May 12th, 2017

 

Last month, I made an assertion that Americans should be debating what to do about climate change rather than the elementary facts proving its reality. One reader isn’t buying it:

I find this article to be more of the “speakers will get up and criticize others who, in the face of overwhelming, objectively observable and repeatable scientific evidence, continue to deny these simple realities” type of argument. I mean there is not one reference to any actual fact to be found here. So if you are going to go on and on about how climate change is undeniable, or caused by humans, or even if it is avoidable, don’t you think you should actually point us to the science that supports this? Sure, we have evidence of an ice age having occurred and it is warmer now….so what? Where are the facts that connect all of this?

 

Yes, that is the argument I was making. The larger point I was making is that arguing over what are in fact, facts, is a waste of time and effort, yours and mine. Our focus needs to be on solutions to the problem, which I expect will generate its own set of legitimate political and ethical debates. But debating whether or not climate change is real, is caused by human activity, and is bad for human health is not legitimate. Real scientists — true experts whose main discipline is climate science, but also professors and researchers in the fields of physics, chemistry, biology, medicine, and psychology, and even astronomy, meteorology, geology, anthropology, sociology, and geography (all which have interested me and inspired learning since I was a young boy, mailing away for NASA photos, reading National Geographic cover to cover each month, and discovering our cherished national parks in family travels) — have arrived at an evidence-based consensus on the matter. To get “the facts that connect all of this,” all one needs is a good internet connection and Google Search, critical thinking skills in deciding what is a credible resource and what isn’t (a healthy dose of skepticism is useful here), and a fair amount of common sense. Cynicism and rigid ideology only get in the way, and indifference won’t do.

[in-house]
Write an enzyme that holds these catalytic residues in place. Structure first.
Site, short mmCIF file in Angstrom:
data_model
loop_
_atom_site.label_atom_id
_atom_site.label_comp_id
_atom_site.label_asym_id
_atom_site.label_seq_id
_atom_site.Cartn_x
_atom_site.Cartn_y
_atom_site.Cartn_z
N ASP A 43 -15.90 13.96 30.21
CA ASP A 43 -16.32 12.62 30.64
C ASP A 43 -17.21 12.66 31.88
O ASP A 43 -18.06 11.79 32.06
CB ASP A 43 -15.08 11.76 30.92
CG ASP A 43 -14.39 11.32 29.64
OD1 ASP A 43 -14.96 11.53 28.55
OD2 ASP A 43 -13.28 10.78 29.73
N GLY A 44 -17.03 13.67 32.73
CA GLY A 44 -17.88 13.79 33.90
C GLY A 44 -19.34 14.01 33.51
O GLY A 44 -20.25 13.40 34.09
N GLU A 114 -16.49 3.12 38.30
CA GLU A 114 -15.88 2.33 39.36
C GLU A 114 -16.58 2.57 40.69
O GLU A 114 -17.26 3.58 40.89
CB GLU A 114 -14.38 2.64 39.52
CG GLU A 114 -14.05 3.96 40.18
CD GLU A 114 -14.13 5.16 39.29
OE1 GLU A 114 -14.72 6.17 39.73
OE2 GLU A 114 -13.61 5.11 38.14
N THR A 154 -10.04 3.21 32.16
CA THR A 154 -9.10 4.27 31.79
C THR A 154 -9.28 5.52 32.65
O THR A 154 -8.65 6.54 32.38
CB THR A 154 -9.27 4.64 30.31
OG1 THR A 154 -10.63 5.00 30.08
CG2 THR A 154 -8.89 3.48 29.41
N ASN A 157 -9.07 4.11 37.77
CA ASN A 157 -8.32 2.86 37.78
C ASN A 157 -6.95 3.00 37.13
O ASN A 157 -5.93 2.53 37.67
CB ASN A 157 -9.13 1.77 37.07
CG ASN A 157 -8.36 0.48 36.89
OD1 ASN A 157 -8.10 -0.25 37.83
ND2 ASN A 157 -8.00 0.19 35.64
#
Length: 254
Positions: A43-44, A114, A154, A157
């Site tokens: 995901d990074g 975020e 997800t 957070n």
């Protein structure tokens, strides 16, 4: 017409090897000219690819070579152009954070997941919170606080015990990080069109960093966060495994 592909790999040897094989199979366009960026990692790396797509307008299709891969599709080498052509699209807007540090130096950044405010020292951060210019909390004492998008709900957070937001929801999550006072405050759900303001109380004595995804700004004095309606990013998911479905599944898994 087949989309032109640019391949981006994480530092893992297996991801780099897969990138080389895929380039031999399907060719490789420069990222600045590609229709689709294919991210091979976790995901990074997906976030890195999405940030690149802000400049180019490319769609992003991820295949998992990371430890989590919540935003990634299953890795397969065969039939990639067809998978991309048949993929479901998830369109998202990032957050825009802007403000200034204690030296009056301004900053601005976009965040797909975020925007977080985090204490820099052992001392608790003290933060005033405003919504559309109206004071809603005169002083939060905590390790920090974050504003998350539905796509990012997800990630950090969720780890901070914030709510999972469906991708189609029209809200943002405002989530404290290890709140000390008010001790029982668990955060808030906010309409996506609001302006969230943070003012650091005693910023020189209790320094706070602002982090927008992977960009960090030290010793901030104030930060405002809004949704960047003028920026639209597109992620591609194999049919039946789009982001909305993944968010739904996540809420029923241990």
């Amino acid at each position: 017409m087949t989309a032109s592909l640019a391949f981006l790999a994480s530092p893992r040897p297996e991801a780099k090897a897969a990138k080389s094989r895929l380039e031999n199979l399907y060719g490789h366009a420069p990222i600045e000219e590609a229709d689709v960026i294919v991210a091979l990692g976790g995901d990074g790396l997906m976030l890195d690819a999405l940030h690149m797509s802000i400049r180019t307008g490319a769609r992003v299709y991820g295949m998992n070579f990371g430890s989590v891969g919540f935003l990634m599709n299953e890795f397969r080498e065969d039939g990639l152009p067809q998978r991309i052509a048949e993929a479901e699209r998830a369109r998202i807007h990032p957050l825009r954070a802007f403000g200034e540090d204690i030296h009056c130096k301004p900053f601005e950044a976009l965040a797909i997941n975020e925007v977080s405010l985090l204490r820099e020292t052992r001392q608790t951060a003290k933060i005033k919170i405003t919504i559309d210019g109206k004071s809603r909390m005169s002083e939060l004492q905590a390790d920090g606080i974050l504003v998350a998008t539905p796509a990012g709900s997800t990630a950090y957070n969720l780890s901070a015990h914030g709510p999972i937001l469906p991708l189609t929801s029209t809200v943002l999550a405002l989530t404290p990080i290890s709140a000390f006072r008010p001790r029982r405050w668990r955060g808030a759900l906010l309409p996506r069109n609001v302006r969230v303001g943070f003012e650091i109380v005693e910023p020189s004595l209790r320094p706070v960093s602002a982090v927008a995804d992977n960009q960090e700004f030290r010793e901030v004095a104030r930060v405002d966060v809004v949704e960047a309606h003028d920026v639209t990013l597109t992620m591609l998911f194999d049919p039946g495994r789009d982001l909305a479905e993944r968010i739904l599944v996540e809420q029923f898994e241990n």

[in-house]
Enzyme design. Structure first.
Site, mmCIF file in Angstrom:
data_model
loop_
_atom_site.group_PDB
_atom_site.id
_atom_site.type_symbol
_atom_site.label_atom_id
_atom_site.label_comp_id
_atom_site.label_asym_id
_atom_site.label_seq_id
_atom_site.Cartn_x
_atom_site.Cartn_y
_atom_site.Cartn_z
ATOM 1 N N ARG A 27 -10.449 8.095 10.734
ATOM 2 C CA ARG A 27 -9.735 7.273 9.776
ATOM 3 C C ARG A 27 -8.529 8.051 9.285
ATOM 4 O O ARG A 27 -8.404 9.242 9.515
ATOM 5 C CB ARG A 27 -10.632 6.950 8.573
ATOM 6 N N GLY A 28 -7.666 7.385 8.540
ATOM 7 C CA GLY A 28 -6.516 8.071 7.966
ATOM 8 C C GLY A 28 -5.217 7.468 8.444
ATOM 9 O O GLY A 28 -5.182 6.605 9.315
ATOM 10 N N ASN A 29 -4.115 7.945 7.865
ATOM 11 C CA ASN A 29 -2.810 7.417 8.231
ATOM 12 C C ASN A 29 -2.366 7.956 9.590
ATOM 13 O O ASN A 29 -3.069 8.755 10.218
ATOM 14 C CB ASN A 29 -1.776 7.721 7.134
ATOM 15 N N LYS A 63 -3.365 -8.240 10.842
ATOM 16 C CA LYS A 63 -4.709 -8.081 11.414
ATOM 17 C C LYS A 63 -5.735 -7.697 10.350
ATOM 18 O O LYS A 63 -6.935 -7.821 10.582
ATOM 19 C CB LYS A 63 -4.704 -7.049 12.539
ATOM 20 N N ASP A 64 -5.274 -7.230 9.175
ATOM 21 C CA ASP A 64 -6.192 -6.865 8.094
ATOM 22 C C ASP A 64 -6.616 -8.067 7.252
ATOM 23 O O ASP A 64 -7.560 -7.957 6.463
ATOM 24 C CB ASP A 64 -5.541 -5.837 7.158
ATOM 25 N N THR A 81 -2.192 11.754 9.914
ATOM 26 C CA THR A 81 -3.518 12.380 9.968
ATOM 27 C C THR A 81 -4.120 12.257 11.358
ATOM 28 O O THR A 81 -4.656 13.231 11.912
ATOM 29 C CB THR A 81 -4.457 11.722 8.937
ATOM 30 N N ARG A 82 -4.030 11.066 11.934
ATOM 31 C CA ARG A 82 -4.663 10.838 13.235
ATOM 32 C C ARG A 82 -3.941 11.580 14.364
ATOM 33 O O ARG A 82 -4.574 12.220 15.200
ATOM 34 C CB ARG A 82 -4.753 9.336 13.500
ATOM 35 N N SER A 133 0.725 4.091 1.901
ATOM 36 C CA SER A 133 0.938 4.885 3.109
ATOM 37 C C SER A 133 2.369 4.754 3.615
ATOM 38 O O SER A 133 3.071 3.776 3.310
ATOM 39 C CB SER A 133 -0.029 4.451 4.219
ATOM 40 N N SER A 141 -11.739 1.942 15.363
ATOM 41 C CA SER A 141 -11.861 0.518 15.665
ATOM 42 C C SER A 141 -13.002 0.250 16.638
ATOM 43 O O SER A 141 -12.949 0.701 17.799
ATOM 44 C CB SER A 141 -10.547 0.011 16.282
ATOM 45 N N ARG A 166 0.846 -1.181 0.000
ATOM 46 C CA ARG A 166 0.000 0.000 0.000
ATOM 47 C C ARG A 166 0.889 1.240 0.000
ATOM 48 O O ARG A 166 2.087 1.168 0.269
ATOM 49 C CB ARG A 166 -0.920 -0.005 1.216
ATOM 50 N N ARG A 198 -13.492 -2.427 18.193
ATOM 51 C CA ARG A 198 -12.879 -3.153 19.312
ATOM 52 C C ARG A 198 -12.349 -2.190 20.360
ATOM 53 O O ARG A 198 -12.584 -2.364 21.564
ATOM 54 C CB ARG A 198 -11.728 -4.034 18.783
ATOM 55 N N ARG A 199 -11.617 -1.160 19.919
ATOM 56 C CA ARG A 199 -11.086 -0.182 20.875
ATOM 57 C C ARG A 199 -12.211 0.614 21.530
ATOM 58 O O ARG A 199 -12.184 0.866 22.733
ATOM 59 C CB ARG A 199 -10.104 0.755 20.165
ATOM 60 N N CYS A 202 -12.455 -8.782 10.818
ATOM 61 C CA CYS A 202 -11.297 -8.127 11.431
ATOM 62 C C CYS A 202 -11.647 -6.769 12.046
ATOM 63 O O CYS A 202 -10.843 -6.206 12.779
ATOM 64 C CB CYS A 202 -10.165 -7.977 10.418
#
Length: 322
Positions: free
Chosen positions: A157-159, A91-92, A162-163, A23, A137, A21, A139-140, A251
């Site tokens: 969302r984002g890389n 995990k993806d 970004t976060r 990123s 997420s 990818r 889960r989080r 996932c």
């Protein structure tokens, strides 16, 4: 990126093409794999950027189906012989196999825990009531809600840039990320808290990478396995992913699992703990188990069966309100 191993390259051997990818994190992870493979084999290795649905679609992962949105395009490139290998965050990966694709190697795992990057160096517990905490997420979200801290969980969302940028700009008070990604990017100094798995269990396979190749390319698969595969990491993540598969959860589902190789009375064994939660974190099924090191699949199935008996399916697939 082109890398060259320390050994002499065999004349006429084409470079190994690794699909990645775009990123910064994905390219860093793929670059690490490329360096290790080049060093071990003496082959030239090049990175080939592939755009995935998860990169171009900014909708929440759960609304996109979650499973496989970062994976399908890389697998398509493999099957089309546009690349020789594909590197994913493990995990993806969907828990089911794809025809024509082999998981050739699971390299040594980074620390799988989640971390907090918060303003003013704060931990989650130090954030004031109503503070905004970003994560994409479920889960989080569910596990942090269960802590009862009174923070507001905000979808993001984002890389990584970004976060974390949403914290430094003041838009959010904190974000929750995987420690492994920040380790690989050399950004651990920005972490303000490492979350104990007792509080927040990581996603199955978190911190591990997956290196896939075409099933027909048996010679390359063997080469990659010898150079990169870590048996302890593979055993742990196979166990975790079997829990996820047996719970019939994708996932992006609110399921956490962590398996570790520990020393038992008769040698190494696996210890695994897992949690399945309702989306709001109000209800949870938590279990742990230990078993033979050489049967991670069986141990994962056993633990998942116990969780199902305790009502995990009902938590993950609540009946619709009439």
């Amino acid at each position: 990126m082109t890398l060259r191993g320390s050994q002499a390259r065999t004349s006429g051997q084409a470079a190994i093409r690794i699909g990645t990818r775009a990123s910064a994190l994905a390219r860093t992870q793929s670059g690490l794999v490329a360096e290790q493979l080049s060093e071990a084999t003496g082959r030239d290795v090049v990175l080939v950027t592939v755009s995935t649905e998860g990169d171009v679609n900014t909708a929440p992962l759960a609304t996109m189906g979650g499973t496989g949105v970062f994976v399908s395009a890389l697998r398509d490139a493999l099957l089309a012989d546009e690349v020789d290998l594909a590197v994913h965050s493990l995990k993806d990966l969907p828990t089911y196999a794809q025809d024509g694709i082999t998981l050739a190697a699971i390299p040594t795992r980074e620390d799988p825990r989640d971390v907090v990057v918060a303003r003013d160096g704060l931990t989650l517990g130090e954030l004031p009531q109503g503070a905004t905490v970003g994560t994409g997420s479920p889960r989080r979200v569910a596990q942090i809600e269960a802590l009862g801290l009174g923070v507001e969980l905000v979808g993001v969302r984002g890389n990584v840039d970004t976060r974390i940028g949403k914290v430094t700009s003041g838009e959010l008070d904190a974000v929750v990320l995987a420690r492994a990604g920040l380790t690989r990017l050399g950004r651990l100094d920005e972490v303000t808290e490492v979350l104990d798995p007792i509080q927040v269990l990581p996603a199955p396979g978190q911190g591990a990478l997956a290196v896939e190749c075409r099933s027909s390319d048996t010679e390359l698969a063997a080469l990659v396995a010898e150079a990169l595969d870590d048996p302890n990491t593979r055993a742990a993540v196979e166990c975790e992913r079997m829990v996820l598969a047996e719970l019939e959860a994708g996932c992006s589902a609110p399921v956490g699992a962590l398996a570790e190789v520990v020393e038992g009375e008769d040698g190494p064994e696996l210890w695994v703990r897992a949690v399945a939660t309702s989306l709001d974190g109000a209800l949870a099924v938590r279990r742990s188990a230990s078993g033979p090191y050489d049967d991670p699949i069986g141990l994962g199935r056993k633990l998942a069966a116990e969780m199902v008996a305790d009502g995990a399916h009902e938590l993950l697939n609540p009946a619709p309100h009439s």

Now you are correct that in this particular PediaBlog post, I included only a couple of links to make my point. One link linked to another link — the Environmental Protection Agency website, which until last week was a rich resource for information (peer-reviewed science) regarding climate change. Unfortunately, in a horribly cynical and callous political decision, the current administration dismantled the EPA’s climate change webpage. We should remember that the EPA director is an avid denier (not a skeptic, but a real, live denier) of climate change, so while most of us should be nauseated with the move to shut down a big part of the EPA’s website, no one should be surprised. The good news is the City of Chicago pushed back hard and now hosts the EPA’s climate change page in its entirety here.

Below is a short list of some of the resources I have found to be helpful in strengthening my understanding of the science of global warming, climate change, and the associated health impacts we are already experiencing. Even though I have written extensively about climate change and health and included many sources along the way (this one post from 2014 has a lot of links), I will accept the criticism constructively and take better care in future blogs to directly cite more sources so you don’t have to take my word for it.